The Goldman Sachs Wealthbuilder Multi-Asset Growth Portfolio has hedged its interest rate risk and recently stripped down its commodities exposure.
The $50m (£32.5m) fund is a fettered fund of funds that usually has about 80 per cent exposure to active strategies and the remainder in passives and derivatives.
Goldman Sachs decided on the Luxembourg-based Sicav approach because it wanted to sell the range across Europe and Asia under the Ucits brand. It has no plans to launch UK-domiciled versions of the funds and it does not have an Oeic platform.
Across the firm’s three multi-asset funds, which are aimed at Distribution Technology risk ratings of four to six, assets total $182m.
The funds are risk targeted, with the growth fund – the riskiest – aiming to keep its long-term volatility between 11 and 12 per cent.
Co-chief investment officer Neill Nuttall says: “Once you go above that volatility band you have to concentrate your risk too much in things like equities.”
Nuttall says the fund’s strategic allocation is set for a full market cycle, although the management team overlay a tactical allocation to make the most of shorter-term opportunities.
Its notional benchmark is a composite consisting of 65 per cent MSCI World and 35 per cent Barclays Global Aggregate Bond although Nuttall says this has no influence on investment decisions.
“We’re looking to maximise risk-adjusted returns,” he says.
Goldman Sachs Asset Management would not release its performance data or top 10 holdings. Its sub-year track record is not enough to provide accurate disclosure, the firm says.
According to FE Analytics, the fund has returned 0.7 per cent since its 30 June inception, with it largest drawdown a 7.64 per cent drop between September and mid-October.
Its benchmark lost 0.36 per cent from 30 June till 18 February.
The fund has “moderated” its commodities exposure from 4 per cent of the portfolio to 2 per cent, Nuttall says.
“We see the oversupply in commodities and think the readjustment will take a while to come through.”
A long-held overweight position to the US is starting to be unwound as the fund moves into the much cheaper Europe and Japanese markets.
The boost from QE in both is another tailwind encouraging Goldman Sachs AM, he adds.
“QE is an important driver, but we also think sentiment in Europe has been excessively negative and now you’re seeing data that’s better in absolute terms, but also better than expectations.
“To go from recession to stagnation is a positive event.”
The fund is light on developed sovereign bonds because of the extreme valuations. It is also hedging interest rate risk as a “quasi-insurance policy” through options on eurodollar futures. Eurodollar are dollar-denominated deposits held outside the US.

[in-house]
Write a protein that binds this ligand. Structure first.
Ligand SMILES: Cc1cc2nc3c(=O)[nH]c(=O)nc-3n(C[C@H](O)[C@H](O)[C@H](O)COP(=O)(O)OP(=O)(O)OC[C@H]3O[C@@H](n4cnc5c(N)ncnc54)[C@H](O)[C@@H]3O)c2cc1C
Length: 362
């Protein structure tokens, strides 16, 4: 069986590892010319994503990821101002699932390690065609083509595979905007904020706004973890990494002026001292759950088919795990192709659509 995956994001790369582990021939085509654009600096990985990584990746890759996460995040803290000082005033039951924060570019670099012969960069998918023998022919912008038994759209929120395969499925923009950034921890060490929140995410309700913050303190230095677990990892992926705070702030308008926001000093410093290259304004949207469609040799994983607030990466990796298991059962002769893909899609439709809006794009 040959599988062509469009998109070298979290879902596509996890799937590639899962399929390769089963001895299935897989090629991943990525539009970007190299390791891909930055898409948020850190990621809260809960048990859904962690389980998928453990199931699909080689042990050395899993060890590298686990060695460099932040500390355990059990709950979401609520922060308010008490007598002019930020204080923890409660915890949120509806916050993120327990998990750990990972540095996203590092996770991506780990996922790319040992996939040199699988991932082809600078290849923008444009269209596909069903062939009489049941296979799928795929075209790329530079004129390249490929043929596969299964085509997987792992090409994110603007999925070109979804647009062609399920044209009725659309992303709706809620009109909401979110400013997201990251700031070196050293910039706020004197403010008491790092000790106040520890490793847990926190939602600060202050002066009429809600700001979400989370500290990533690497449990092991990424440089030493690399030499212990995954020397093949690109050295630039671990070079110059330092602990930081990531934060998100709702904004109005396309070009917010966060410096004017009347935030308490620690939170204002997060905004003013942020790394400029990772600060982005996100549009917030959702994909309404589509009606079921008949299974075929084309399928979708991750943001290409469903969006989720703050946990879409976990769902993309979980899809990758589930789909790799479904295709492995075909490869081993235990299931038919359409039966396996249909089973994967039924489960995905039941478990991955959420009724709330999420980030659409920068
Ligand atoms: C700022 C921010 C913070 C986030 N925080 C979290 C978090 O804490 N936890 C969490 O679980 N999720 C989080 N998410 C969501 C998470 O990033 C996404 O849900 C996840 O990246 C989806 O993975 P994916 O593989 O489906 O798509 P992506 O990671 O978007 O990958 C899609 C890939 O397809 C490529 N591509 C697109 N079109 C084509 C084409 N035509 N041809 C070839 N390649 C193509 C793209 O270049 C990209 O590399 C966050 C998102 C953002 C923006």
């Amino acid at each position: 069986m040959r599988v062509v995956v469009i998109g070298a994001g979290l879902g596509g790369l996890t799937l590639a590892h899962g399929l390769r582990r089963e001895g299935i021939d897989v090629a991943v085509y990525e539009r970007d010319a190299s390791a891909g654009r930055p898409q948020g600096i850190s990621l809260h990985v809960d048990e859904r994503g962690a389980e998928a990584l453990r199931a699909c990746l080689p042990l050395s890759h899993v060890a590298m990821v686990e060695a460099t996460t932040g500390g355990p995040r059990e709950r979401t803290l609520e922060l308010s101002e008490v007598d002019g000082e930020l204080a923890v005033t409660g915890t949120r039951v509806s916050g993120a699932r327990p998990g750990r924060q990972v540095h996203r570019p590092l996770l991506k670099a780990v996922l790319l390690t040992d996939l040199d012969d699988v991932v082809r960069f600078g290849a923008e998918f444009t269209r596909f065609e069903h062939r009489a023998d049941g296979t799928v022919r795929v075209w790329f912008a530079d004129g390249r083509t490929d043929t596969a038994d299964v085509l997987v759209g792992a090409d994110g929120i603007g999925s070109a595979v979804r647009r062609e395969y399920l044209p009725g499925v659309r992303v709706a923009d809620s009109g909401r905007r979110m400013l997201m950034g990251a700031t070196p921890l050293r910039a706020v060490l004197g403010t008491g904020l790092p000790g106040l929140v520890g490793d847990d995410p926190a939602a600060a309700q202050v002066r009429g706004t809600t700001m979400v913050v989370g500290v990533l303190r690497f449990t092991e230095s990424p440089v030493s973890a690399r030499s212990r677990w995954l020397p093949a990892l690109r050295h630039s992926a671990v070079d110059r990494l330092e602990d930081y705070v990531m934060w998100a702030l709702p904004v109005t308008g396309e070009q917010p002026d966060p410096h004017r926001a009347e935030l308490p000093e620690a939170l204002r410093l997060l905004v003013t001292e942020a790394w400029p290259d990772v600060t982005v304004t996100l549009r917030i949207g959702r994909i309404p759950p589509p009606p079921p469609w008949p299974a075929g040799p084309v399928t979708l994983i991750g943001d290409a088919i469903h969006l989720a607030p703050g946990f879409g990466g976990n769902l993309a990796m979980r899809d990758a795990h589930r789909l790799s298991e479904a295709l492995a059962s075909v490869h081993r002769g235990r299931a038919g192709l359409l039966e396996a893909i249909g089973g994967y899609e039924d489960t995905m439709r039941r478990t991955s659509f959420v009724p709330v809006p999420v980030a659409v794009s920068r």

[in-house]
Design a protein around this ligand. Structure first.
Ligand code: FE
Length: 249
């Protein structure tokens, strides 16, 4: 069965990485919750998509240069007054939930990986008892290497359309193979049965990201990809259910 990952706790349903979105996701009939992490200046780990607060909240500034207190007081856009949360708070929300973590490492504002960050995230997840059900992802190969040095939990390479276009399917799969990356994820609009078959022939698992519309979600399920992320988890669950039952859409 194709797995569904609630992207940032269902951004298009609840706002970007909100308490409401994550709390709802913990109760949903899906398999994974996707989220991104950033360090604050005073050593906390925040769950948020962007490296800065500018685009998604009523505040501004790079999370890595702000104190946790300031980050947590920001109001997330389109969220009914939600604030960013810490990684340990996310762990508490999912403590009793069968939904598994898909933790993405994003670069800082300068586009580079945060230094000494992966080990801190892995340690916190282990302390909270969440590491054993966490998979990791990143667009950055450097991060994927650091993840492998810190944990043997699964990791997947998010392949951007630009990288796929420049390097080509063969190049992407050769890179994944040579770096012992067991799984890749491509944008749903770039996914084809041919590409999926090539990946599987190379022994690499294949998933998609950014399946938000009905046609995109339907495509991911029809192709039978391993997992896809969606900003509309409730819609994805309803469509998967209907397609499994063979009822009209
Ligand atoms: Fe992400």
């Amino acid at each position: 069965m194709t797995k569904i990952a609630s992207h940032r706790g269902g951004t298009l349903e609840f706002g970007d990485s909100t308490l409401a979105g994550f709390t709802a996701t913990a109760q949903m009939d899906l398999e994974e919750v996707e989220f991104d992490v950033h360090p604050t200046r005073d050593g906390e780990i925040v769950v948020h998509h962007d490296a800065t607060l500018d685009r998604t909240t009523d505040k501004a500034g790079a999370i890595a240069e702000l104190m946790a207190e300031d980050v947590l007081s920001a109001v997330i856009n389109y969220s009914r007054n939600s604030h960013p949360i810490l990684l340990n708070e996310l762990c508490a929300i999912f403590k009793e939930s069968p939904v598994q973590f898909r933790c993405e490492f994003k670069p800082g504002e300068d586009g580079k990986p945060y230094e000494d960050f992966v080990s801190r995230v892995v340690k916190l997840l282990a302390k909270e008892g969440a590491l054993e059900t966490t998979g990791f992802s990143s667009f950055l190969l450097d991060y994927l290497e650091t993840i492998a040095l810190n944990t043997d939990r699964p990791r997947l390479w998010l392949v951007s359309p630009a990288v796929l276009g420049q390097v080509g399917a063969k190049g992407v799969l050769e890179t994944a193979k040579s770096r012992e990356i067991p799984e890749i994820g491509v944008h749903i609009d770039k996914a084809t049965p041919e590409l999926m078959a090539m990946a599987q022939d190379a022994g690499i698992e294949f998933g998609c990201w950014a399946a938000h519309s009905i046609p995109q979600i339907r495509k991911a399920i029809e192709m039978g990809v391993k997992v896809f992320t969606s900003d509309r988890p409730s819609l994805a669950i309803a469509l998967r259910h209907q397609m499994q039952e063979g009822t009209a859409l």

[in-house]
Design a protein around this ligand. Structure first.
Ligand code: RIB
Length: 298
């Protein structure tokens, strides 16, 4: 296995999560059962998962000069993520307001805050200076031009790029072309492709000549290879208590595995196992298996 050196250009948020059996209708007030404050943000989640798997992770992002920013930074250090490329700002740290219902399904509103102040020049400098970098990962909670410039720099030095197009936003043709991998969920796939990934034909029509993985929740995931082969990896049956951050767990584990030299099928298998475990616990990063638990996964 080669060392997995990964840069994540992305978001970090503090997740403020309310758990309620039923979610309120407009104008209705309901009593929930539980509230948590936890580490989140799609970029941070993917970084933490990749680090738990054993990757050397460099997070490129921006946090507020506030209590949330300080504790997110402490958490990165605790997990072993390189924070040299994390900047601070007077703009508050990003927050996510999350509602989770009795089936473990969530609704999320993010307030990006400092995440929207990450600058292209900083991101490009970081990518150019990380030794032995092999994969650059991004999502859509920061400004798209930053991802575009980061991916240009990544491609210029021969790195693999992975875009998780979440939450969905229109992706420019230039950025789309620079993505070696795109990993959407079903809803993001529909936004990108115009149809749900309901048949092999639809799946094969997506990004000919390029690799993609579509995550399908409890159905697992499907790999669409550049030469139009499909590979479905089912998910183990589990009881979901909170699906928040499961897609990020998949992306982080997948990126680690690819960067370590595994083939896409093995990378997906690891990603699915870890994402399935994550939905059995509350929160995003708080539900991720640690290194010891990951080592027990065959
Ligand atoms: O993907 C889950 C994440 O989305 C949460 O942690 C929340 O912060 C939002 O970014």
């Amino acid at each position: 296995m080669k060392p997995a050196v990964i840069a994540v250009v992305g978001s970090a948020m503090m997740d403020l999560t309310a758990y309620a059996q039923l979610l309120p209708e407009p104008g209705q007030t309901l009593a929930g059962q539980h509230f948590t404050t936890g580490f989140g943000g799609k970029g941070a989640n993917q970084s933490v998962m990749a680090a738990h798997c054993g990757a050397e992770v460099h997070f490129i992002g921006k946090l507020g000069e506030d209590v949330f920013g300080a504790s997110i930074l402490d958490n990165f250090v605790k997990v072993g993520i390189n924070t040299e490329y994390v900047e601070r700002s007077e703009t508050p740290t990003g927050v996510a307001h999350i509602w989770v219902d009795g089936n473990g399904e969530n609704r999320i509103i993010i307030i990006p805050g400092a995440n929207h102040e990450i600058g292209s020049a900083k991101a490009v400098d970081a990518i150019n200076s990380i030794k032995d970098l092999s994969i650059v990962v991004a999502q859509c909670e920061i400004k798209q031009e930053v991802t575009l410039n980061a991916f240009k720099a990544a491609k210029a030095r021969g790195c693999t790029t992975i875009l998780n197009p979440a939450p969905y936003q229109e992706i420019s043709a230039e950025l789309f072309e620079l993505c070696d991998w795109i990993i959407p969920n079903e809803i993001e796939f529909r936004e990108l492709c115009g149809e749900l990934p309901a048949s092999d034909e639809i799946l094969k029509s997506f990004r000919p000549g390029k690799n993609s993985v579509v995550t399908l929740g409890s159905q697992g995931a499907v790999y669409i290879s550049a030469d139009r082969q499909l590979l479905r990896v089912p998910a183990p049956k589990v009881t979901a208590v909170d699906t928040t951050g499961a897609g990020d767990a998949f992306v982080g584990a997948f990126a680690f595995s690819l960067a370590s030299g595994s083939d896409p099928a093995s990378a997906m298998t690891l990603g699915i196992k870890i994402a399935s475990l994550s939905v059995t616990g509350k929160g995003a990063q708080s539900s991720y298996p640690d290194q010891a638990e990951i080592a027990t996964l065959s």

The fund has moved to a neutral position in emerging market debt and equity; it used to be underweight. The stronger dollar is likely to be a headwind for the group overall, although the fund is allocating to energy-importing countries that are sheltered from the global currency war.
India especially is in the team’s sights as the fall in oil prices eases inflation and gives consumers a boost. It uses futures on the country’s CNX Nifty 50 stockmarket index.
“India is domestic facing with positive structural reform on the agenda,” Nuttall says. “It’s also an energy importer and considerably less exposed to the competitive devaluations seen elsewhere.”
The Indian market jumped 32.6 per cent last year, driven by prime minister Narendra Modi’s May election. Nuttall admits the market may have got ahead of itself in the short-term, but the long-term prospects are still attractive.
Countries such as South Korea have been “shocked” by the currency swings, he says.
Its exports are being squeezed by the devaluation of the Japanese yen caused by the nation’s massive QE programme that has been progressively expanded since 2011.
Most people consider a portfolio with a 60 per cent weighting to equities and 40 per cent in bonds to be relatively well diversified, but that is not the case, he says.
“95 per cent of its risk is driven by its equity holdings, which in times like now means being overweight equities is a good place to be. But when markets turn and you get into a situation like 2008, those markets can sell off about 35 per cent.”
Despite that, Nuttall says the fund has been tactically overweight equities since launch although it is now becoming more focused on where it is investing.